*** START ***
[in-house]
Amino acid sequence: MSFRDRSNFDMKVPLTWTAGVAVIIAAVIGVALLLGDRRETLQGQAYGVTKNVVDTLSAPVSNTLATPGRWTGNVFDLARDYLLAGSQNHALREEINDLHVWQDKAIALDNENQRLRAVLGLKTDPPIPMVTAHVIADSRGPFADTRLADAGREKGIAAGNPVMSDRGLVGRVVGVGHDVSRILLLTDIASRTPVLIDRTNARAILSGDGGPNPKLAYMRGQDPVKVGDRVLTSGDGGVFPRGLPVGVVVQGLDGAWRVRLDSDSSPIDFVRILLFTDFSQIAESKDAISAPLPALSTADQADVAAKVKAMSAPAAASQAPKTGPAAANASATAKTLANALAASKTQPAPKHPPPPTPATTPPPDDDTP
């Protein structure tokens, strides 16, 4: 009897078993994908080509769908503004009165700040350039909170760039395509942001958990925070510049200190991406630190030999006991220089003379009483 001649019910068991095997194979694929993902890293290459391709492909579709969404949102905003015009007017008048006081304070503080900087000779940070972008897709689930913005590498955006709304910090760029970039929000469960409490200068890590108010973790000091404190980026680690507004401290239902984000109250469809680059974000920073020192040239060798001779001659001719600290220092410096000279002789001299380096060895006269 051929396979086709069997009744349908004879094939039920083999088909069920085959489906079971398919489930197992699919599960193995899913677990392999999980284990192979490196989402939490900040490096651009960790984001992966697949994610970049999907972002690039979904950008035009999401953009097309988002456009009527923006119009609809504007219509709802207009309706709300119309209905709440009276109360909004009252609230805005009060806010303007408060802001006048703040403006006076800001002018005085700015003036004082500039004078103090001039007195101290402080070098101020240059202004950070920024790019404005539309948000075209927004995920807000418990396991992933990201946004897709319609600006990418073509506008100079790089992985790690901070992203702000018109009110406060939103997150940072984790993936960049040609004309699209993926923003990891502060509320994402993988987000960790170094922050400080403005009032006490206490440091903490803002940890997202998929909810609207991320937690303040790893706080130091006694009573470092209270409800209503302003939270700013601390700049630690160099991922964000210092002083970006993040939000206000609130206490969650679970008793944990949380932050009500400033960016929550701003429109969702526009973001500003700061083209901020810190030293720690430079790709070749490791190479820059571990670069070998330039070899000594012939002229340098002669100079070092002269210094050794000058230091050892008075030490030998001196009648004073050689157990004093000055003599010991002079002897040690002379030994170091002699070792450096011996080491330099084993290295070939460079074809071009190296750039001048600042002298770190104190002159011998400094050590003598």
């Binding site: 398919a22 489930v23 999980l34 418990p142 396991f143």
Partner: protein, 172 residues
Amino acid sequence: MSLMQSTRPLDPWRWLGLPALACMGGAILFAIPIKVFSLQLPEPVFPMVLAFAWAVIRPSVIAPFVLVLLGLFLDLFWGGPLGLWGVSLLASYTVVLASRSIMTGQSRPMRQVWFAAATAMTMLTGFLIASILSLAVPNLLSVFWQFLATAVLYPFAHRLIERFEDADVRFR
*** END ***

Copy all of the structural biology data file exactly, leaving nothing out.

[in-house]
Amino acid sequence: MSFRDRSNFDMKVPLTWTAGVAVIIAAVIGVALLLGDRRETLQGQAYGVTKNVVDTLSAPVSNTLATPGRWTGNVFDLARDYLLAGSQNHALREEINDLHVWQDKAIALDNENQRLRAVLGLKTDPPIPMVTAHVIADSRGPFADTRLADAGREKGIAAGNPVMSDRGLVGRVVGVGHDVSRILLLTDIASRTPVLIDRTNARAILSGDGGPNPKLAYMRGQDPVKVGDRVLTSGDGGVFPRGLPVGVVVQGLDGAWRVRLDSDSSPIDFVRILLFTDFSQIAESKDAISAPLPALSTADQADVAAKVKAMSAPAAASQAPKTGPAAANASATAKTLANALAASKTQPAPKHPPPPTPATTPPPDDDTP
């Protein structure tokens, strides 16, 4: 009897078993994908080509769908503004009165700040350039909170760039395509942001958990925070510049200190991406630190030999006991220089003379009483 001649019910068991095997194979694929993902890293290459391709492909579709969404949102905003015009007017008048006081304070503080900087000779940070972008897709689930913005590498955006709304910090760029970039929000469960409490200068890590108010973790000091404190980026680690507004401290239902984000109250469809680059974000920073020192040239060798001779001659001719600290220092410096000279002789001299380096060895006269 051929396979086709069997009744349908004879094939039920083999088909069920085959489906079971398919489930197992699919599960193995899913677990392999999980284990192979490196989402939490900040490096651009960790984001992966697949994610970049999907972002690039979904950008035009999401953009097309988002456009009527923006119009609809504007219509709802207009309706709300119309209905709440009276109360909004009252609230805005009060806010303007408060802001006048703040403006006076800001002018005085700015003036004082500039004078103090001039007195101290402080070098101020240059202004950070920024790019404005539309948000075209927004995920807000418990396991992933990201946004897709319609600006990418073509506008100079790089992985790690901070992203702000018109009110406060939103997150940072984790993936960049040609004309699209993926923003990891502060509320994402993988987000960790170094922050400080403005009032006490206490440091903490803002940890997202998929909810609207991320937690303040790893706080130091006694009573470092209270409800209503302003939270700013601390700049630690160099991922964000210092002083970006993040939000206000609130206490969650679970008793944990949380932050009500400033960016929550701003429109969702526009973001500003700061083209901020810190030293720690430079790709070749490791190479820059571990670069070998330039070899000594012939002229340098002669100079070092002269210094050794000058230091050892008075030490030998001196009648004073050689157990004093000055003599010991002079002897040690002379030994170091002699070792450096011996080491330099084993290295070939460079074809071009190296750039001048600042002298770190104190002159011998400094050590003598």
């Binding site: 398919a22 489930v23 999980l34 418990p142 396991f143």
Partner: protein, 172 residues
Amino acid sequence: MSLMQSTRPLDPWRWLGLPALACMGGAILFAIPIKVFSLQLPEPVFPMVLAFAWAVIRPSVIAPFVLVLLGLFLDLFWGGPLGLWGVSLLASYTVVLASRSIMTGQSRPMRQVWFAAATAMTMLTGFLIASILSLAVPNLLSVFWQFLATAVLYPFAHRLIERFEDADVRFR